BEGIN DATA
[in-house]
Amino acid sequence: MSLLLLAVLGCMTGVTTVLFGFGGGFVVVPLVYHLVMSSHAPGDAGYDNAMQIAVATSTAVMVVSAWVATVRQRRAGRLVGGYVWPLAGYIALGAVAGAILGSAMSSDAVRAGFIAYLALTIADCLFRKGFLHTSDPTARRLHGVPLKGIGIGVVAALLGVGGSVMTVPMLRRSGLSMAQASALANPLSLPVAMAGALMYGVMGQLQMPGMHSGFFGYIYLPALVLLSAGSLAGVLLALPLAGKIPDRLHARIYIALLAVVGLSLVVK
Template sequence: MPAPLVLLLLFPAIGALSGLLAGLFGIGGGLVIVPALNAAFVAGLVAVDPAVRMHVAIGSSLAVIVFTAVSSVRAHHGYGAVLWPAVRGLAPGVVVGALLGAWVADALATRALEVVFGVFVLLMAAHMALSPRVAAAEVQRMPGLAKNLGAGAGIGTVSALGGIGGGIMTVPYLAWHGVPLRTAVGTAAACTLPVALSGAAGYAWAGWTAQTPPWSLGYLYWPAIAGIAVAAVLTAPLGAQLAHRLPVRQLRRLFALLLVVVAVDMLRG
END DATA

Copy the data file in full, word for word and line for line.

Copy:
[in-house]
Amino acid sequence: MSLLLLAVLGCMTGVTTVLFGFGGGFVVVPLVYHLVMSSHAPGDAGYDNAMQIAVATSTAVMVVSAWVATVRQRRAGRLVGGYVWPLAGYIALGAVAGAILGSAMSSDAVRAGFIAYLALTIADCLFRKGFLHTSDPTARRLHGVPLKGIGIGVVAALLGVGGSVMTVPMLRRSGLSMAQASALANPLSLPVAMAGALMYGVMGQLQMPGMHSGFFGYIYLPALVLLSAGSLAGVLLALPLAGKIPDRLHARIYIALLAVVGLSLVVK
Template sequence: MPAPLVLLLLFPAIGALSGLLAGLFGIGGGLVIVPALNAAFVAGLVAVDPAVRMHVAIGSSLAVIVFTAVSSVRAHHGYGAVLWPAVRGLAPGVVVGALLGAWVADALATRALEVVFGVFVLLMAAHMALSPRVAAAEVQRMPGLAKNLGAGAGIGTVSALGGIGGGIMTVPYLAWHGVPLRTAVGTAAACTLPVALSGAAGYAWAGWTAQTPPWSLGYLYWPAIAGIAVAAVLTAPLGAQLAHRLPVRQLRRLFALLLVVVAVDMLRG